NSA Spying on Brazil: A Political Nightmare

Ray Walsh

Ray Walsh

November 9, 2016

Last June, then-President of Brazil Dilma Rousseff met with Barack Obama to put an end to US surveillance of millions of Brazilian citizens. Before the meeting, Rousseff was a harsh critic of the NSA’s snooping. After the session, however, Rousseff emerged looking surprisingly happy and made the following statement,

“It means we recognize the actions taken by the U.S. … that friendly countries won’t be spied on. And we have a declaration from President Obama. When he wants to know something, he’ll call me.”

Economic Espionage

For privacy advocates in Brazil and elsewhere the agreement was an insulting shock. The 2013 Edward Snowden revelations had disclosed that the NSA’s PRISM program indiscriminately spied on Brazilian citizens. In July 2015, Wikileaks added to the puzzle by revealing that the NSA had been actively engaged in the economic espionage of Brazil.

brazil-wikiGovernment Officials Targetted

Julian Assange’s Wikileaks also revealed that the NSA had been spying on senior Brazilian government officials. The damning report found that President Dilma Rousseff was targeted for ‘intensive interception.’ In addition, her secretary, chief of staff, assistant, palace office and presidential jet telephone were all hacked by the NSA.

The list goes on. The NSA was hacking finance ministers, army general Jose Elito Carvalho Siqueira, Brazil’s state-owned oil company Petrobras and its Ministry of Mines and Energy.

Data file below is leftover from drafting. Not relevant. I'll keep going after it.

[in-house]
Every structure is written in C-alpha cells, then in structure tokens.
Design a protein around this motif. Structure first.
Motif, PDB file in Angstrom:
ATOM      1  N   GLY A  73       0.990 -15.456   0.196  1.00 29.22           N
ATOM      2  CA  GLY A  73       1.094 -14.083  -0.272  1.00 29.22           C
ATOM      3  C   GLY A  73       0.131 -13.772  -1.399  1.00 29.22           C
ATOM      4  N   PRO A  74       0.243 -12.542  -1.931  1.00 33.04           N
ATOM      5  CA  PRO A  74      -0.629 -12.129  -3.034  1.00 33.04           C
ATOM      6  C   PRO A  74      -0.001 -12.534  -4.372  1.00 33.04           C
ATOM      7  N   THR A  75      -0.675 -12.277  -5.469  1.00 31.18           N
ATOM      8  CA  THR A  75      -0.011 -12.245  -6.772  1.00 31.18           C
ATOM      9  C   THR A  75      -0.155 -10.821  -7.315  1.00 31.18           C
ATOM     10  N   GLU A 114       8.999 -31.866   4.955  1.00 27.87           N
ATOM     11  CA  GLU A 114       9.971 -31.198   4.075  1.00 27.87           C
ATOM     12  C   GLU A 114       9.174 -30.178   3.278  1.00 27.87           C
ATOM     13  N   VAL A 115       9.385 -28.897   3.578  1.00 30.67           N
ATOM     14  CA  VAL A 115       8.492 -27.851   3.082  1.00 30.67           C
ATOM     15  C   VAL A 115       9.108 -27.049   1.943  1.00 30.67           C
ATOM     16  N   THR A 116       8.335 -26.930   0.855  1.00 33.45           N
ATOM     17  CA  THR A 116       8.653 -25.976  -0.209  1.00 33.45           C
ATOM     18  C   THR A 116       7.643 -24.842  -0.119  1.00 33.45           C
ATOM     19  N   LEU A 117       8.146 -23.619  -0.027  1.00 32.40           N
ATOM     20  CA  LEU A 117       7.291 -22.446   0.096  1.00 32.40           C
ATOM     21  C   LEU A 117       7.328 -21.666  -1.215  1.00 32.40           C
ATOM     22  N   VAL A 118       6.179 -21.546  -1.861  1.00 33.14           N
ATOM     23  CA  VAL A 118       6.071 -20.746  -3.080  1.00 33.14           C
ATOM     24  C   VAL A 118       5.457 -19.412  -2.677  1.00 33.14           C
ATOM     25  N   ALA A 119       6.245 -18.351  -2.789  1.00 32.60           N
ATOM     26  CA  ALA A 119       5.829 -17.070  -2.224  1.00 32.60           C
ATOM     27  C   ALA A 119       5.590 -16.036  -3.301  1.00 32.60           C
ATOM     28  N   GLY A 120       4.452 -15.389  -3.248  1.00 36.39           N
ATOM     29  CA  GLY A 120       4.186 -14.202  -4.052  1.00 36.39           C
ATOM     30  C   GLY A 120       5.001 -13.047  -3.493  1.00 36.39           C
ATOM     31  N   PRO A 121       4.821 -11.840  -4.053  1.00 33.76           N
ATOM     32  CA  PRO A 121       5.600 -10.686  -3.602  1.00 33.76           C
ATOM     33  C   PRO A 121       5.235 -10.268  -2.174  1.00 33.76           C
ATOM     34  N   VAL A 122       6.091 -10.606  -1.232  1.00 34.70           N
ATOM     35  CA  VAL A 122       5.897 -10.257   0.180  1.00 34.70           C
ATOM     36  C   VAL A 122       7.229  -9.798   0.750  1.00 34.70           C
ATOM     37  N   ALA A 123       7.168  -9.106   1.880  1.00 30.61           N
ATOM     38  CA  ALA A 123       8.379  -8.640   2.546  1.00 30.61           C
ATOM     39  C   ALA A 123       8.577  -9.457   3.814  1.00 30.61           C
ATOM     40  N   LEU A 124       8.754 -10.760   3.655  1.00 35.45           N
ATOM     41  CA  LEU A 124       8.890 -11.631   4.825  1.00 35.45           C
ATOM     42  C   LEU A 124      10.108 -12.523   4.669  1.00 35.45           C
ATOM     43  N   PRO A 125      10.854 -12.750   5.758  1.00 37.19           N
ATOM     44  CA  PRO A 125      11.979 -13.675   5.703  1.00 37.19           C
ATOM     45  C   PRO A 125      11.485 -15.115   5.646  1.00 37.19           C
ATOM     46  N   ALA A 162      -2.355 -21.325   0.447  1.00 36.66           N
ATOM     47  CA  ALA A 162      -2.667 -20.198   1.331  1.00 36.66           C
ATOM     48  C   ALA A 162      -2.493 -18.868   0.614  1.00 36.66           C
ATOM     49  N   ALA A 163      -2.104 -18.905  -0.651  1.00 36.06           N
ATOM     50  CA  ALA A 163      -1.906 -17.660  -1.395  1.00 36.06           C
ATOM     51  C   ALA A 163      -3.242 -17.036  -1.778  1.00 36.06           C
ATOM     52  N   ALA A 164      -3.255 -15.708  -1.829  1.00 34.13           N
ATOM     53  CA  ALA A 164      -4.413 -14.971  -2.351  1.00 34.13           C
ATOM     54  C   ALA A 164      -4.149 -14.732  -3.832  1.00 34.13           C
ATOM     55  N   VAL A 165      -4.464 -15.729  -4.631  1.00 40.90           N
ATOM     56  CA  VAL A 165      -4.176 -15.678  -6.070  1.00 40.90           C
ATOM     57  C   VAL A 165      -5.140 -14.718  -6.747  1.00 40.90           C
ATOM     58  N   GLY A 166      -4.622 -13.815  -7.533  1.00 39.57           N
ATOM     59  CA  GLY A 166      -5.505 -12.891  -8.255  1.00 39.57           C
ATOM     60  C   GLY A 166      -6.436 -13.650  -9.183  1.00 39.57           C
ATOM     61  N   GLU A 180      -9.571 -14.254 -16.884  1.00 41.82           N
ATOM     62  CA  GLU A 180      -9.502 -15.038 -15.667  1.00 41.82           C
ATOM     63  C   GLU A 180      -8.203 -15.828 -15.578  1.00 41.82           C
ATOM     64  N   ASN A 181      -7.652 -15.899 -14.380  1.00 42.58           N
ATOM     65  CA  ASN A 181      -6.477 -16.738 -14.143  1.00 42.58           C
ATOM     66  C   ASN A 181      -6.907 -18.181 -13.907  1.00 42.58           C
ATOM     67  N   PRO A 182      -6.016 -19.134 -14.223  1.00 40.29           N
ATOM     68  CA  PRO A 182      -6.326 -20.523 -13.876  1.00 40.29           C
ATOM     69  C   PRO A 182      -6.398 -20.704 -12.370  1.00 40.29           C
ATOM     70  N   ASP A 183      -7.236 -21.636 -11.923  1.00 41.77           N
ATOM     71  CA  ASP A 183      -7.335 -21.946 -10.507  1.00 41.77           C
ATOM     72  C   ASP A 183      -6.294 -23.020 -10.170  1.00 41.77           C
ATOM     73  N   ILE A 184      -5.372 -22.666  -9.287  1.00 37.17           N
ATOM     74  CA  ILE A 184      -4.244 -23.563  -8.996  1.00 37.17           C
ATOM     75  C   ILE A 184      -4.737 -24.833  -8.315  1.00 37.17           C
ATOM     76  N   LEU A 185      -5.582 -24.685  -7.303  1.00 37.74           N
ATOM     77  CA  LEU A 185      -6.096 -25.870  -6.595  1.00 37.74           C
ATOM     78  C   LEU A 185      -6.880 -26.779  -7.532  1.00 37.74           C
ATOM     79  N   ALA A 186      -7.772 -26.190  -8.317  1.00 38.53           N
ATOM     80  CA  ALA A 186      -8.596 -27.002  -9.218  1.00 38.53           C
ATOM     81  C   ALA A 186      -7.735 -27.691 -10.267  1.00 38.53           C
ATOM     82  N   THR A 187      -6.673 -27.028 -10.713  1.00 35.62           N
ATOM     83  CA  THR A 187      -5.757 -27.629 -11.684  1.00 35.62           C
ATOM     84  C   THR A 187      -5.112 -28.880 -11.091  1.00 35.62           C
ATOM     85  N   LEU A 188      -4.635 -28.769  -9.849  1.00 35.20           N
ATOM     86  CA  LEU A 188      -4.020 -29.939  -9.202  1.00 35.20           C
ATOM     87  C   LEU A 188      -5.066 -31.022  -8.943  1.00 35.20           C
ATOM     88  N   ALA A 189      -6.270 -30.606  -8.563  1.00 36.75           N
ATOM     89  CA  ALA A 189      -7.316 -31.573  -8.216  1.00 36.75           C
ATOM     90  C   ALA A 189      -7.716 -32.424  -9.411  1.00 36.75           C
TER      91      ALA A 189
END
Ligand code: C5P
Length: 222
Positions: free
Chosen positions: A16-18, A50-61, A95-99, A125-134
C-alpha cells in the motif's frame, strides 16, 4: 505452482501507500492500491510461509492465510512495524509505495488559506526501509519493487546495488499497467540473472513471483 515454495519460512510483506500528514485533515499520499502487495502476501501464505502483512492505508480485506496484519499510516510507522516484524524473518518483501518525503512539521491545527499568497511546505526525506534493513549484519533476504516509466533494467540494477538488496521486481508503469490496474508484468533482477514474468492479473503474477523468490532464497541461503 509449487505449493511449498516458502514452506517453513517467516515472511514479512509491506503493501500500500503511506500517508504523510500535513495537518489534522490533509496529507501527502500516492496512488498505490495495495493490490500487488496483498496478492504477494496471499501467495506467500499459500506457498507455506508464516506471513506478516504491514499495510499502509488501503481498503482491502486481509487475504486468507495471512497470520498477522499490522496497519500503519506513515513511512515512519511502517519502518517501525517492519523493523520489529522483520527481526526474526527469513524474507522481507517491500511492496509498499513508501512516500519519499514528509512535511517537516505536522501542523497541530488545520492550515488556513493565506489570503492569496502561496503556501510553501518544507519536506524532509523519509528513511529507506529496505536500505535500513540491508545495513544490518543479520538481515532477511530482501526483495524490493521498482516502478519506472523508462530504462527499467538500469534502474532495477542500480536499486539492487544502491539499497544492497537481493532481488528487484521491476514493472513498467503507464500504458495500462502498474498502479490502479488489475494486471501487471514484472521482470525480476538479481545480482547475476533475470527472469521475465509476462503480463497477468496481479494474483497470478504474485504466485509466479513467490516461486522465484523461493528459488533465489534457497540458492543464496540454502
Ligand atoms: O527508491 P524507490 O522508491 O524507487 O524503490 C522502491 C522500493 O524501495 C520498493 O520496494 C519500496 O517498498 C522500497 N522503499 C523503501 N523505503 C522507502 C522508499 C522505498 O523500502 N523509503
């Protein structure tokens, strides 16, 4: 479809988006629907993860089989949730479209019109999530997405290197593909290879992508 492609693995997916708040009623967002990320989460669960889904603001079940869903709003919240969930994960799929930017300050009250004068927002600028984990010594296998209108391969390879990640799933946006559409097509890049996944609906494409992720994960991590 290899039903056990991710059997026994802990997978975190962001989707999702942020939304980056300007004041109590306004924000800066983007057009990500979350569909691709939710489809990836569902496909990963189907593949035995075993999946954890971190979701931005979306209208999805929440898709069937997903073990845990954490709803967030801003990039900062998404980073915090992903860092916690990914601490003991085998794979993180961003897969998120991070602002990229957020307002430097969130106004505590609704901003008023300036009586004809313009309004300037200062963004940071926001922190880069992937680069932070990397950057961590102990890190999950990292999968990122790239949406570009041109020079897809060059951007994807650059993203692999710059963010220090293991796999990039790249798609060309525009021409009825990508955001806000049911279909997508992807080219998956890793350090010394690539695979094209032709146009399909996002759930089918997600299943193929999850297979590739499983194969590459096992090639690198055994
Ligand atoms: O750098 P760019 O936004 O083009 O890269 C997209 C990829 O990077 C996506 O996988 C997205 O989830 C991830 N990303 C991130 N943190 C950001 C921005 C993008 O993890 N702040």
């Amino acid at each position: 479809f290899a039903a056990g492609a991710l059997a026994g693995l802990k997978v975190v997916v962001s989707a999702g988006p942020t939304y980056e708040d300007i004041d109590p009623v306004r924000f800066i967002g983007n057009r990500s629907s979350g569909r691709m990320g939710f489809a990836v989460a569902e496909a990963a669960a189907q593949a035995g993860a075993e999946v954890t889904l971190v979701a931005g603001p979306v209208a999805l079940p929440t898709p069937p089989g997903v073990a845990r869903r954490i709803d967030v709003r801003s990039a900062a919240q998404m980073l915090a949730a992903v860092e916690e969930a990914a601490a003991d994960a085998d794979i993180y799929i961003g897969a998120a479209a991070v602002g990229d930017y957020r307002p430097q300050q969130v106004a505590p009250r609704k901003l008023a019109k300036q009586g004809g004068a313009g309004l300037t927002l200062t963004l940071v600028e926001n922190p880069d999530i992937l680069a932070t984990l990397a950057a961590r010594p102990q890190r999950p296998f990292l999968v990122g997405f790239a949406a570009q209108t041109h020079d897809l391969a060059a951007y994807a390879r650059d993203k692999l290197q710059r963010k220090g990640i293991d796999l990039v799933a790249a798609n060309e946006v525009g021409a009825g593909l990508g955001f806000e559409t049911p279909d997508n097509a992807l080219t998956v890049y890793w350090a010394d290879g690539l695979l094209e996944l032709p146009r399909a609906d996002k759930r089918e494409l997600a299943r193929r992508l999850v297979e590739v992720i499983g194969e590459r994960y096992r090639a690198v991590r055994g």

US intelligence was even snooping on management at the Brazilian Central Bank. Assange had the following to say about it,

“Our publication today shows the US has a long way to go to prove its dragnet surveillance on ‘friendly’ governments is over.

“Even if US assurances of ceasing its targeting of President Rousseff could be trusted, which they cannot, it is fanciful to imagine that President Rousseff can run Brazil by talking to herself all day. If President Rousseff wants to see more US investment in Brazil on the back of her recent trip as she claims, how can she assure Brazilian companies that their US counterparts will not have an advantage provided by this surveillance. Until she can really guarantee the spying has stopped – not just on her, but on all Brazilian issues.”

President of Brazil Impeached

In August 2016, the situation heated up more. The Brazilian senate impeached President Dilma Rousseff for illegally altering government accounts. Since then Michel Temer, the former vice-president, has been sworn in as president. He will complete the current term, until January 2019.

The fallout from the Brazilian web of corruption doesn’t end there. The list now also includes former speaker of the house of the Brazilian Congress, Eduardo Cunha. Cunha was arrested on 19 October 2016 for allegedly taking $5m in bribes from a firm that subsequently benefited from contracts with Petrobras. That is the same state-owned oil company that the NSA was found to be heavily spying on.

The damning revelations about US spying, coupled with widespread Brazilian corruption, have led many Brazilians to start questioning whether US firms can be trusted not to put backdoors in their products.